Walt Disney Co has acquired children's social networking website Club Penguin for an initial $350m (£172m), rising by a further $350m pending its performance over the next two years.
The membership-only website, which acts as a virtual world for children to play games, send greetings cards and chat with friends, is targeted at 8-to-14-year-olds and is entirely ad-free.
Club Penguin, which was launched in October 2005 by Lane Merrifield, Dave Krysko and Lance Priebe, has more than 700,000 paid subscribers and around 12m active users, who are mainly based in North America.
Users are given an animated penguin avatar, enabling them to move about in a snow-covered virtual world where they can interact with other members in an environment which its owners describe as a "safe haven from marketing".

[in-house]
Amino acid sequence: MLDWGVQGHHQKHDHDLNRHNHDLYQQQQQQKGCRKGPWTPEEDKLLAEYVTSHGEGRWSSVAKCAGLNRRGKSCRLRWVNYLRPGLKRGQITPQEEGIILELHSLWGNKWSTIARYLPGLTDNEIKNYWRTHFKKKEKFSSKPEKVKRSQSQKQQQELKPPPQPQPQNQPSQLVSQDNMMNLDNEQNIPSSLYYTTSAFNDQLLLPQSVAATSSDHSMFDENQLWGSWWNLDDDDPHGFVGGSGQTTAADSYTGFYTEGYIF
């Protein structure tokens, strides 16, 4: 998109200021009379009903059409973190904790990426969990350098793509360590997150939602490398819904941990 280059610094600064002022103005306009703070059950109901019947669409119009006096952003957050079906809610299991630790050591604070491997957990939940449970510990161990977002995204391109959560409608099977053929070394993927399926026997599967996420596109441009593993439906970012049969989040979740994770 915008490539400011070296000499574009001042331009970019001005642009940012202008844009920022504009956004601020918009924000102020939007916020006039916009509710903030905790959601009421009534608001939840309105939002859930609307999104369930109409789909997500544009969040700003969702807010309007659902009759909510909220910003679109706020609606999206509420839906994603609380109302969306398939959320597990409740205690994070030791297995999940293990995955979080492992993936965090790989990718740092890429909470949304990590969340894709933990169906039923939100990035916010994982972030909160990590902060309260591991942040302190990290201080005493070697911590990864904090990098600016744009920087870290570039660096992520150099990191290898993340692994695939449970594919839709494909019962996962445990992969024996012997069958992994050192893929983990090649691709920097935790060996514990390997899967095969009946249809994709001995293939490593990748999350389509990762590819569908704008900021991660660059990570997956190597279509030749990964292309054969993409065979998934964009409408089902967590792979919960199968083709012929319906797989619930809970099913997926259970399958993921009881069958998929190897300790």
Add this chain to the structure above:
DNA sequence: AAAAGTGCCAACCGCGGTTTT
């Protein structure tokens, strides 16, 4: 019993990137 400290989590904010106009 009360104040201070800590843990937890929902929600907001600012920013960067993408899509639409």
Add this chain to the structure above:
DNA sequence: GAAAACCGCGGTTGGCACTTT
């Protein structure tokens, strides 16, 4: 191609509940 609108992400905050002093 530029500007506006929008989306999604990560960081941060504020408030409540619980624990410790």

It is understood that under the terms of the agreement, Club Penguin's three founders will join Disney, with Merrifield to become executive vice-president of the Walt Disney Internet Group.
The acquisition completes a busy spell of digital activity for Disney, which relaunched its website earlier this year, and bought animation company Pixar for $7.4bn in 2006.
Bob Iger, chief executive of Disney, said: "Club Penguin embodies principles that are of the utmost importance to Disney - providing high-quality family entertainment and fostering parental trust.
"The founders have woven together new technologies and creativity to build an incredibly compelling, immersive entertainment experience for kids and families."
Meanwhile, Disney has announced a 4.7% rise in net profits for the third quarter to $1.2bn, off the back of increased ad rates on the ABC TV network.
The entertainment company was also boosted by merchandise sales from two of last year's highest grossing films - 'Pirates of The Caribbean' and 'The Chronicles of Narnia: The Lion, the Witch and the Wardrobe'.
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